Curiously, while most bodily processes are at their slowest during deep sleep, the immune system functions speed up. Sleep researchers find that the deepest levels of sleep correspond with an increase in the production of important immune system cells that fight infection. During other stages of sleep, the brain consolidates and stores memories from the previous day. During the deep sleep stages, the immune system’s memory goes through similar processes.
One suspected reason for this observation is that the relaxation of muscles and slowing of breathing frees the body’s energy for immune function and response. In addition, during sleep, the body produces more of the hormone melatonin, which counteracts inflammation. Other studies show that deep sleep can even strengthen the effectiveness of vaccines and reduce allergic reactions.
- Engage in Regular Physical Activity
Exercise aids the body in producing anti-inflammatory immune cells and circulating them through the bloodstream. Exercise also activates the lymphatic system, which is responsible for removing toxins and dead cells from tissues. Research studies show that exercise lowers the incidence of viral infections and reduces the severity of symptoms. Regular, moderate exercise is strongly linked to a healthier immune response.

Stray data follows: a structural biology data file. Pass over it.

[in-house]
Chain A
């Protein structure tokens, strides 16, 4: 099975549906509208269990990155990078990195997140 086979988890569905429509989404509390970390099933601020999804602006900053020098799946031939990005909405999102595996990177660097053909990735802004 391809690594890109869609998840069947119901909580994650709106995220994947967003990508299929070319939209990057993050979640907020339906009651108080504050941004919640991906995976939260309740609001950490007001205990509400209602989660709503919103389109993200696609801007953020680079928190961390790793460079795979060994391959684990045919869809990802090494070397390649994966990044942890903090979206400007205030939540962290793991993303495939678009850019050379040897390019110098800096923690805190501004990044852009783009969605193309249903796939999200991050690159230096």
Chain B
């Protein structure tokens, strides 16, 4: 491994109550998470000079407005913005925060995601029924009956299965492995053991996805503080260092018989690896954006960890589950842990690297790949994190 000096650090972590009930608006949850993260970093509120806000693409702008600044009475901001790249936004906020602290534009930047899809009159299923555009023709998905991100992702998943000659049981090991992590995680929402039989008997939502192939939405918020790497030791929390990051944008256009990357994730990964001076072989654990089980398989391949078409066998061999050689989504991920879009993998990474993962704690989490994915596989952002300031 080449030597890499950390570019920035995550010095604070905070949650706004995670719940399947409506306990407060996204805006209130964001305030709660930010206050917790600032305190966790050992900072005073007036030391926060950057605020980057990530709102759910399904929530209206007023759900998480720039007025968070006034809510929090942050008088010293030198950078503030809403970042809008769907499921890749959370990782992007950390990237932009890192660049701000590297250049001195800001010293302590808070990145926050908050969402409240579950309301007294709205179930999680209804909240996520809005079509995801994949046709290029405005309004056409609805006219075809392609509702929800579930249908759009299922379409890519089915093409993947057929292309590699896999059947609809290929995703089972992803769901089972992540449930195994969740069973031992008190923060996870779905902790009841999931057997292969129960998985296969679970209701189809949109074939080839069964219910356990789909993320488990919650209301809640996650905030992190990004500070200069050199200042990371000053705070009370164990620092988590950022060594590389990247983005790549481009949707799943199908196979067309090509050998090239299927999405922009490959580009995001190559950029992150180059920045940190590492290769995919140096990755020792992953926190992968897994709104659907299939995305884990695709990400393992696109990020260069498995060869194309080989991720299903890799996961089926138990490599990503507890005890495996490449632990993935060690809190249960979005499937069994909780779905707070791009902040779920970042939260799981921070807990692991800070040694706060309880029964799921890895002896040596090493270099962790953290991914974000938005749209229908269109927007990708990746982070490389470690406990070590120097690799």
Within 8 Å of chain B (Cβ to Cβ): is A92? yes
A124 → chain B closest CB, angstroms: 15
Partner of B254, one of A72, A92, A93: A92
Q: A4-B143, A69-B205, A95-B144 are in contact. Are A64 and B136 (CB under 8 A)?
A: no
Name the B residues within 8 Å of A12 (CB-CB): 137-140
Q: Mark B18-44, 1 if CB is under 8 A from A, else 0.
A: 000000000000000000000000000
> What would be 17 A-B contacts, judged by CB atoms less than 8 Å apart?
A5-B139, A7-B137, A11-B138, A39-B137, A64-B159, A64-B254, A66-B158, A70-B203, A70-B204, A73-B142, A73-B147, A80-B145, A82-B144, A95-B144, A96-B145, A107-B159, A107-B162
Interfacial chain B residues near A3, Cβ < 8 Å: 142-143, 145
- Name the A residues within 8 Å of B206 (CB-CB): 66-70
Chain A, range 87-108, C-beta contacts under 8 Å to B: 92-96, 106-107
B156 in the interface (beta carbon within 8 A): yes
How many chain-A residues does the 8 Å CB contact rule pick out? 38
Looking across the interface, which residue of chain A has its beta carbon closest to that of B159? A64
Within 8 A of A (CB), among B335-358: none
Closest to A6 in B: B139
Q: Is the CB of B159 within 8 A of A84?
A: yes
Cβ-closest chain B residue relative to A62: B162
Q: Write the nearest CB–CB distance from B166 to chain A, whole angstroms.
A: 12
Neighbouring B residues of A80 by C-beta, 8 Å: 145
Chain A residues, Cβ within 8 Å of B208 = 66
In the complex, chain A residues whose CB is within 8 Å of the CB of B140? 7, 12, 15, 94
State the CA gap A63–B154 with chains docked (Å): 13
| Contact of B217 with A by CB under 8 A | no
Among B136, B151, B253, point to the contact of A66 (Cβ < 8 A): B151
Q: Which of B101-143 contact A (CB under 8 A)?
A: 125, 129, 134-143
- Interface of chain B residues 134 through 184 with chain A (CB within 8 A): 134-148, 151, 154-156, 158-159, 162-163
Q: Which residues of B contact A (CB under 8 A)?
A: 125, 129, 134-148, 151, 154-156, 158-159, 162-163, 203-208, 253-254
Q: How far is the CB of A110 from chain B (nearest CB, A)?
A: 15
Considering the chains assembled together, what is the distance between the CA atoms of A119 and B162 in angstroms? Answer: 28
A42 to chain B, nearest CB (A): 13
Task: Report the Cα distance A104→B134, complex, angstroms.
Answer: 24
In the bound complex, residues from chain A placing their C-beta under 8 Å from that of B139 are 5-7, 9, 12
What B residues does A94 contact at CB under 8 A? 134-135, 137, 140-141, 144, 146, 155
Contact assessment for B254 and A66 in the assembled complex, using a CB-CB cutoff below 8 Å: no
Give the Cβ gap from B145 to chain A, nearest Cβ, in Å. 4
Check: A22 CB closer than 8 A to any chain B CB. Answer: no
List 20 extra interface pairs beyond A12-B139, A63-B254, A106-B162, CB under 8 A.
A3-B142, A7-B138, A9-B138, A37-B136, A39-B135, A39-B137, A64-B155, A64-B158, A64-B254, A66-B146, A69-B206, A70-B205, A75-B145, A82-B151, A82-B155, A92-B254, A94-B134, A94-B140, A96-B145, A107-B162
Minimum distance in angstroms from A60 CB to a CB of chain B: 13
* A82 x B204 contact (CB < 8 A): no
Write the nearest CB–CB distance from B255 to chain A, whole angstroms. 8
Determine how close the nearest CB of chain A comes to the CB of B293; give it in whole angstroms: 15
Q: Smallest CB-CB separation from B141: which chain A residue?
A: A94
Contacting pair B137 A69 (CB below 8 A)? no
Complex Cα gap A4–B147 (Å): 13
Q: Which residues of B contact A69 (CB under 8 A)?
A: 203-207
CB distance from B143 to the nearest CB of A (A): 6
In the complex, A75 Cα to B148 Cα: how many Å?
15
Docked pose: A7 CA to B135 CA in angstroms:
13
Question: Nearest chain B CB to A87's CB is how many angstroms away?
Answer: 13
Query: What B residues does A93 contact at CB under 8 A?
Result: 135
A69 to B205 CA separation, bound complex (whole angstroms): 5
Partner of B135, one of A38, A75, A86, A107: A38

- Reduce Stress
Stress can be physical or psychological, and both types of stress harm the immune system and its response to infection if the stress is prolonged. The brain and nervous system have a complex interactive relationship with immune function.
Multiple studies in psychoneuroimmunology confirm that ongoing physical or psychological stress leads to a breakdown of the immune response, making stress reduction and relaxation a vital component of a robust immune response.
Eating a balanced diet high in immune-healthy nutrients that include probiotic and prebiotic foods, getting adequate sleep, exercising regularly, and reducing stress levels are among the best ways to boost your immune system and prevent or overcome disease.
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For detail: Nutrients and Immune Function